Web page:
Hydration concerns shouldn’t stop when the temperature drops; dehydration can be just as common in the winter as in the summer. Because your body is not sweating as much, it’s easy to overlook the signs of dehydration. A dehydrated body can lead to exhaustion, muscle fatigue, cramps, loss of coordination, and even stroke. Dehydration can also leave your body more susceptible to colds and flu, which are both more common in the winter.
The rules of hydration are basically the same no matter the weather. Pay attention to the warning signs of dehydration and make sure to drink plenty of water. Keep a bottle of water handy and drink even before signs of thirst appear. Thirst is a signal that your body is already on the way to dehydration.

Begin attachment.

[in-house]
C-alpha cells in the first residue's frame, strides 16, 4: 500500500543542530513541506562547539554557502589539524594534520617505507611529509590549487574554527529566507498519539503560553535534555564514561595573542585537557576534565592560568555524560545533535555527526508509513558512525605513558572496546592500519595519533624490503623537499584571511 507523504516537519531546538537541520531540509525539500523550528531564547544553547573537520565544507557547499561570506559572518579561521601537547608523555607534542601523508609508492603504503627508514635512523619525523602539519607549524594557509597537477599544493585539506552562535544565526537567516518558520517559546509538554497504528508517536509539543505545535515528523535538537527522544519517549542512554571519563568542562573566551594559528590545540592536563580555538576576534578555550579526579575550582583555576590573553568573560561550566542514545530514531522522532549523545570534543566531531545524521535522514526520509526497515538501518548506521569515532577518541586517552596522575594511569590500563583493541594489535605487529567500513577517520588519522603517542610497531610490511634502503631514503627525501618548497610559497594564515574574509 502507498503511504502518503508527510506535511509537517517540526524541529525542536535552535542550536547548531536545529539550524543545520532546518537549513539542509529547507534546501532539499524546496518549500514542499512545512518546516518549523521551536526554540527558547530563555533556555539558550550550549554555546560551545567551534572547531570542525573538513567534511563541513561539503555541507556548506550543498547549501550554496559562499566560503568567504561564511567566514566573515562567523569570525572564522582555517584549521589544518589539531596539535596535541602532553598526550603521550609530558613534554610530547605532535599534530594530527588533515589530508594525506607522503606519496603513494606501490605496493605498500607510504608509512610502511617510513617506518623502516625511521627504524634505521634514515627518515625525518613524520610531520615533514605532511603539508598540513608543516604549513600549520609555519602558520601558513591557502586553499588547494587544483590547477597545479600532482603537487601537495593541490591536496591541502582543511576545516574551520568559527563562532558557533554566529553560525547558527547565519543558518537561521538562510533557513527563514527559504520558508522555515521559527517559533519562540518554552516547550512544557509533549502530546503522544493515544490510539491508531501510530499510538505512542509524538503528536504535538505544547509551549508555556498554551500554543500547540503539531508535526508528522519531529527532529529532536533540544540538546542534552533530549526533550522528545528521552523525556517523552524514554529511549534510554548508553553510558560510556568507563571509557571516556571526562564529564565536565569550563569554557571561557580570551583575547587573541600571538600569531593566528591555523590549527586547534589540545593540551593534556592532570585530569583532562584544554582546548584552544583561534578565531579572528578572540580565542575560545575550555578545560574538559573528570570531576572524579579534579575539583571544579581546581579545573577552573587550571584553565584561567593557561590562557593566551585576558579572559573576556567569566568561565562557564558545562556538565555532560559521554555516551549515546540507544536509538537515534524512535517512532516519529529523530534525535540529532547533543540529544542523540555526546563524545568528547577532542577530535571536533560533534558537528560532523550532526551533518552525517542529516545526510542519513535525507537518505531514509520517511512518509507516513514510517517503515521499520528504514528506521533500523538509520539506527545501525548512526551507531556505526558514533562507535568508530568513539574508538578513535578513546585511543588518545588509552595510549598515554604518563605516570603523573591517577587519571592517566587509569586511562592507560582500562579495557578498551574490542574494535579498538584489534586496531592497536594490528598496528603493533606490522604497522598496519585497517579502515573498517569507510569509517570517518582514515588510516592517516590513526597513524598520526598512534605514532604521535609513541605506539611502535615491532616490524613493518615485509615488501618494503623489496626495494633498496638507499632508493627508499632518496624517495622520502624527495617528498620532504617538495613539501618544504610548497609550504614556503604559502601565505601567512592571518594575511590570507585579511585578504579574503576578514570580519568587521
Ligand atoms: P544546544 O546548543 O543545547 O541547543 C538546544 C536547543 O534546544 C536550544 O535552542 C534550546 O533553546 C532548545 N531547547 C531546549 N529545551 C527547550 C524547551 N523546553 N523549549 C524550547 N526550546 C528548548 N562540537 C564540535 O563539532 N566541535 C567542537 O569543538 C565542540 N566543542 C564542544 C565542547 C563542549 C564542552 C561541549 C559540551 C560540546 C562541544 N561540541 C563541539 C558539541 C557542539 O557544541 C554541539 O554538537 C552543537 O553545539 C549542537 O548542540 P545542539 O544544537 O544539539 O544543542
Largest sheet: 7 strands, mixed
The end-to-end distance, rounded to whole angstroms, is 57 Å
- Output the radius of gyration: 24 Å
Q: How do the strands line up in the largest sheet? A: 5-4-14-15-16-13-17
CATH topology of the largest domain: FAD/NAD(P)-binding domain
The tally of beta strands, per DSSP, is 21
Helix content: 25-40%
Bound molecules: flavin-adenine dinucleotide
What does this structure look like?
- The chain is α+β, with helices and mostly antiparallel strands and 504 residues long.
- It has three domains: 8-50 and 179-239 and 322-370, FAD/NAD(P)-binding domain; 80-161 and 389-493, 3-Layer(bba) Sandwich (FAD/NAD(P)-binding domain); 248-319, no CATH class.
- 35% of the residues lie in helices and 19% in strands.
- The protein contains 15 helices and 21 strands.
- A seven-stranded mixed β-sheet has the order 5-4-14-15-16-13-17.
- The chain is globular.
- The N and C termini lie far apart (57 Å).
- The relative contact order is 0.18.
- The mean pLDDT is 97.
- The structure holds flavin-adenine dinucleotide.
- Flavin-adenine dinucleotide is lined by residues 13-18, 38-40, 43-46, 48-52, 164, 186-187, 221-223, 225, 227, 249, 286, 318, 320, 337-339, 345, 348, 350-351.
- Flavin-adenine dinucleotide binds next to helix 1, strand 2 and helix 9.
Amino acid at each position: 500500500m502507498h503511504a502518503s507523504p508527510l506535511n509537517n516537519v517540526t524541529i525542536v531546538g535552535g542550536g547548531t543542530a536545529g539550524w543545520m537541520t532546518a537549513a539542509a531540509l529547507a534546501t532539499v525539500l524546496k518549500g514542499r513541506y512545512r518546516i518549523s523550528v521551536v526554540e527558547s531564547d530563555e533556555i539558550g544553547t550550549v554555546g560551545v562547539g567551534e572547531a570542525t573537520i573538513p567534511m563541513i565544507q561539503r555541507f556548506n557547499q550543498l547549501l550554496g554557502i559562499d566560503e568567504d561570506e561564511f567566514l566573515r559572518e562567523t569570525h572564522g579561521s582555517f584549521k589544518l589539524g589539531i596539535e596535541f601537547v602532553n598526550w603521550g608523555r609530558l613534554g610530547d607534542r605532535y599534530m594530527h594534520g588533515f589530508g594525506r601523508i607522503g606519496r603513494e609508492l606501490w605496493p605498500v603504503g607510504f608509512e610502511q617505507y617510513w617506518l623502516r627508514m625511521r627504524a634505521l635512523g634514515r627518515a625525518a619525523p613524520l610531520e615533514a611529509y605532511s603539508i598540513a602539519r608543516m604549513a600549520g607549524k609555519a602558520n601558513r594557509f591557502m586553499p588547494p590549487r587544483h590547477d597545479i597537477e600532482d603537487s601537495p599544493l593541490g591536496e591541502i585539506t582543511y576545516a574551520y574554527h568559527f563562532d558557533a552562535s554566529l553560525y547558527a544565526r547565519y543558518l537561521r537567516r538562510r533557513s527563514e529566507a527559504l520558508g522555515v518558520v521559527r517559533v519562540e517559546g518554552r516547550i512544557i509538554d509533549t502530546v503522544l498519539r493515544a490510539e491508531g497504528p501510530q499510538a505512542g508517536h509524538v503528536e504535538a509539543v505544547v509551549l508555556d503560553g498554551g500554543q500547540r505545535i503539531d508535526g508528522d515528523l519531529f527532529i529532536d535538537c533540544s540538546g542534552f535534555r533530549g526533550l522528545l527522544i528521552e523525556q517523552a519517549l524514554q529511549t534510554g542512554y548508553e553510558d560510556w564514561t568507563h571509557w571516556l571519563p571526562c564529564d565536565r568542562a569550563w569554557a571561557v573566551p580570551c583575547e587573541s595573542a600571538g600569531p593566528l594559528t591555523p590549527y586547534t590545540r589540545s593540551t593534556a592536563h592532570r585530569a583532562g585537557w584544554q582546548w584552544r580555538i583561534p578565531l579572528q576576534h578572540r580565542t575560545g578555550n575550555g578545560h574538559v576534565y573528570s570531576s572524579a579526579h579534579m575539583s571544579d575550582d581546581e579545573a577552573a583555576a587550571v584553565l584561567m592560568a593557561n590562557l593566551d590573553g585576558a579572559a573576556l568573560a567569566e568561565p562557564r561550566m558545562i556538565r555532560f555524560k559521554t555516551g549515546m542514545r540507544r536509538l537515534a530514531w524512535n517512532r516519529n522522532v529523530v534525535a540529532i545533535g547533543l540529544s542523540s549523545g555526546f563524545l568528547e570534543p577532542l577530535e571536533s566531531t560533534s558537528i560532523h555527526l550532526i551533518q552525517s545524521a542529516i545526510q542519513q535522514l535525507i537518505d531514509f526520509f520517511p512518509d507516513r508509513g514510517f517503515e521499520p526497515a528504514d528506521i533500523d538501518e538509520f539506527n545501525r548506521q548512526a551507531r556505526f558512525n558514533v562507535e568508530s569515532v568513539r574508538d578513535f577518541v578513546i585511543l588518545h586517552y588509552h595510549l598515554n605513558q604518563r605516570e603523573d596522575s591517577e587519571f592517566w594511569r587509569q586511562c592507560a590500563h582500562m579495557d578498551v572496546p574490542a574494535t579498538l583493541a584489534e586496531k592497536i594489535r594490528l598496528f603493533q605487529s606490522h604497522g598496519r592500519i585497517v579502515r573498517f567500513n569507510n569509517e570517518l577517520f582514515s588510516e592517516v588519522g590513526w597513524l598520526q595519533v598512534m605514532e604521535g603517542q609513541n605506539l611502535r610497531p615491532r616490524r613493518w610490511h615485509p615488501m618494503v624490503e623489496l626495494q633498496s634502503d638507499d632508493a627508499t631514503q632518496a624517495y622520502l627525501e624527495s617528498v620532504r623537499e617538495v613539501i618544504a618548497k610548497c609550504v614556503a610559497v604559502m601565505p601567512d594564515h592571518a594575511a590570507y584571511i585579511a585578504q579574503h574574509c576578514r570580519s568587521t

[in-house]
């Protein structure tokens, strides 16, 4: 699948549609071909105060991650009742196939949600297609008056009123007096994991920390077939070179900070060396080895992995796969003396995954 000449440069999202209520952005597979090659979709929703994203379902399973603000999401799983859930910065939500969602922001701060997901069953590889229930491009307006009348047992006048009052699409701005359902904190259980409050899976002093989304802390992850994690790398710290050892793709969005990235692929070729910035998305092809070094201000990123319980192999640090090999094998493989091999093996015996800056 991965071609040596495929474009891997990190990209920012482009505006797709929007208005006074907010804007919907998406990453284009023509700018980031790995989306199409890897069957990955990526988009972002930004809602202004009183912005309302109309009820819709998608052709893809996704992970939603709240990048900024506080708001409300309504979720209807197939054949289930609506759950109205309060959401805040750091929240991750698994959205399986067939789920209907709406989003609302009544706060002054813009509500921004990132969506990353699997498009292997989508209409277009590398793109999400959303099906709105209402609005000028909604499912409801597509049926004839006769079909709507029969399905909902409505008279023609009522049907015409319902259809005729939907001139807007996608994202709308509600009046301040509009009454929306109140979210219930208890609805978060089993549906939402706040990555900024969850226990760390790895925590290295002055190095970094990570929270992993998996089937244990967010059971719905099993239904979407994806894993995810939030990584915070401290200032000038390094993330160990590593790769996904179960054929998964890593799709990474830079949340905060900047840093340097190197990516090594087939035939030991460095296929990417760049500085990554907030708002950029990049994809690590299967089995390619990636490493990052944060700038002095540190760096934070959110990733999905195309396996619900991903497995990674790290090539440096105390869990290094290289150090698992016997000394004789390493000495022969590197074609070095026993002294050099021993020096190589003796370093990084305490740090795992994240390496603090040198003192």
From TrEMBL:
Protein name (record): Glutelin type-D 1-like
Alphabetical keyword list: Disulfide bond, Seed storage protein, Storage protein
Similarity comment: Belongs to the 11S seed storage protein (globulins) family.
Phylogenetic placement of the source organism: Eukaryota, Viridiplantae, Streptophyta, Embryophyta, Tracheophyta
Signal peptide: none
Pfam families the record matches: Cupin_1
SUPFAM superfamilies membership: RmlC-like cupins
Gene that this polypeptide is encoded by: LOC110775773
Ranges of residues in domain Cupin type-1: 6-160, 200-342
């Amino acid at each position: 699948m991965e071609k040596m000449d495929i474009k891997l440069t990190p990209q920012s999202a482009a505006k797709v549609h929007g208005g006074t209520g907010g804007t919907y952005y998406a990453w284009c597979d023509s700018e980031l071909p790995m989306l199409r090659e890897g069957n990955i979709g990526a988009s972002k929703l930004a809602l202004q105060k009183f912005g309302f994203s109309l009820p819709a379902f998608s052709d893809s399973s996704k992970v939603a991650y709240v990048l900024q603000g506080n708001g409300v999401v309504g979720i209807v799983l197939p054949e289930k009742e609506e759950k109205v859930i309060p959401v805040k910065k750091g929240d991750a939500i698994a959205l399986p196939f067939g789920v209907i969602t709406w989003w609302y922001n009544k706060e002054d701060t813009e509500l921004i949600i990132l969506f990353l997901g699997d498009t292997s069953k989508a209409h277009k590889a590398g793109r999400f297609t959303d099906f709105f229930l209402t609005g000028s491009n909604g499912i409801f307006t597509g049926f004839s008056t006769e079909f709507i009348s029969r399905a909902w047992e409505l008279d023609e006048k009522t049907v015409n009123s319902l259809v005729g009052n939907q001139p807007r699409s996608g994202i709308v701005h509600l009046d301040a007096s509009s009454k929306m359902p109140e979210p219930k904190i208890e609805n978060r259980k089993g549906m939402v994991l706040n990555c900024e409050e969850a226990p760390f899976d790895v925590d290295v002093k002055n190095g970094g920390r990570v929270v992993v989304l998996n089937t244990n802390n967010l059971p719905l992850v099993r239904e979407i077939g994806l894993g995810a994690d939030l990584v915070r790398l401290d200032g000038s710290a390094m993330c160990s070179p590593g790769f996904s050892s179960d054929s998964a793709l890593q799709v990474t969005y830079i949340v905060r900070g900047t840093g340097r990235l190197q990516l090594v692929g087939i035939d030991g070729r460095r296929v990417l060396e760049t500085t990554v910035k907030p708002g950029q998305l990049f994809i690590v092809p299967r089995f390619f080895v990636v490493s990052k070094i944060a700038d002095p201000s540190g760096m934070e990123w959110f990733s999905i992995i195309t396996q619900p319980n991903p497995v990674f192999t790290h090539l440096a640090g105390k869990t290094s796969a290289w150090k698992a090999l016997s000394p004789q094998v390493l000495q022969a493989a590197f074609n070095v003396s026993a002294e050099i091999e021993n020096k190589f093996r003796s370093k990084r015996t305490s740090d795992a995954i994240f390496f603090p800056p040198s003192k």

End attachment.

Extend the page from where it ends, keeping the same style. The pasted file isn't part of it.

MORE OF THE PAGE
Monitor your urine, which should be light to clear. If you’re taking supplements, expect your urine to darken in color for several hours after consumption.
Drink before, during, and after exercise. Drink 1 to 2 cups of water at least one hour before the start of any exercise. Drink 4 to 8 ounces of fluid every 20 to 30 minutes during exercise. This is harder to do when it’s cold outside since you may not sweat profusely or feel particularly thirsty.
Drink water throughout the day and at every meal. If you want hot chocolate or coffee to warm you up, pair it with a glass of water without ice. Lukewarm water won’t make you feel too chilled, and it’s also easier for your body to absorb than a cold drink.